DICT to Teachers: Avoid Giving Social Media-based Classroom Projects and Assignments

The Department of Information and Communications Technology (DICT) urges teachers to refrain from giving social media-based school projects. These type of school projects uses the number of likes received on social media channels like Facebook as a way to grade the students.

In a text message by DICT Secretary Eliseo Rio to INQUIRER.net, he said that, ““This was the common complaints of parents during the Digital Parenting seminars conducted by the DICT Cybersecurity Bureau. Some projects assigned to students required them to post in social media and are graded on the number of likes they get.”

RELATED STORY: 5 Harmful Effects of Gadgets to Children that Parents Often Neglect

DICT’s fear of the use of social media in giving assignments and projects to students is that the students might be exposed to cybersecurity issues such as cyberbullying and bashing. Moreover, strangers with bad motives may also take advantage of getting the private details of minor students through social media.

Teachers’ use of social media as a way to disseminate information on school-related matters has already been discouraged by DICT in earlier reports.

As a way to protect students from being harmed on social media, DICT is working on a memorandum circular that will encourage schools to refrain from using social media for class projects and assignments.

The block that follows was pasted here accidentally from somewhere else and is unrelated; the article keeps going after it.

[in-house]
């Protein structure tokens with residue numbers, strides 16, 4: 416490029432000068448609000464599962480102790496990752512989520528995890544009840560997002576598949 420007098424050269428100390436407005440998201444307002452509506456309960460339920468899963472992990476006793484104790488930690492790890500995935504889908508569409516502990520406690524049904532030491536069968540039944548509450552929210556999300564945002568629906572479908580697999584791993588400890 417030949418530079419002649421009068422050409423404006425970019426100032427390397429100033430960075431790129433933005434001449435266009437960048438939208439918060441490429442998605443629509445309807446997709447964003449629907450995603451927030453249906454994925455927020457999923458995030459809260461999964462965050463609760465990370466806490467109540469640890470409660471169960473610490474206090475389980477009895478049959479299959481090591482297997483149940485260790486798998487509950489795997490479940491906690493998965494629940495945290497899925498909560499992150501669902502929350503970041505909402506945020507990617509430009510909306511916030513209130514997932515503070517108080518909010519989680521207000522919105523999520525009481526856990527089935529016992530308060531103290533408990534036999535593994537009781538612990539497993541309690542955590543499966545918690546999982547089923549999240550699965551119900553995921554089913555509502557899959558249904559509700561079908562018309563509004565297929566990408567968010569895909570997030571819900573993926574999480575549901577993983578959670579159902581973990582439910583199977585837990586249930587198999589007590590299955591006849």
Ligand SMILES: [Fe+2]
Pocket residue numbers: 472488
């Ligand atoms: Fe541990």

Instead of using social media in handing out information, teachers are being advised to use email instead as a channel of sending classroom projects and assignments to their students.

Facebook-based-Classroom-Projects-and-Assignments

How can we protect our children from cybersecurity issues?

As teachers, it is our role to impart knowledge to our students through different channels and with the rapid evolution of technology, today’s world offers social media as a way of communication between teachers and their students. However, it’s availability doesn’t necessarily mean that it’s too safe for our children to be exposed to it.

To do our part, teachers must first be aware of the harmful effects of social media to children as well as its benefits. We must also enlighten our students on how to make use of the internet responsibly and in ways that it would benefit them.

Furthermore, parents’ role in guiding their children’s online activities at home would be crucial that’s why they must also ensure that proper guidance is being given to their children in order to protect them from any cybersecurity issue.

Source: INQUIRER.net

Leave a Reply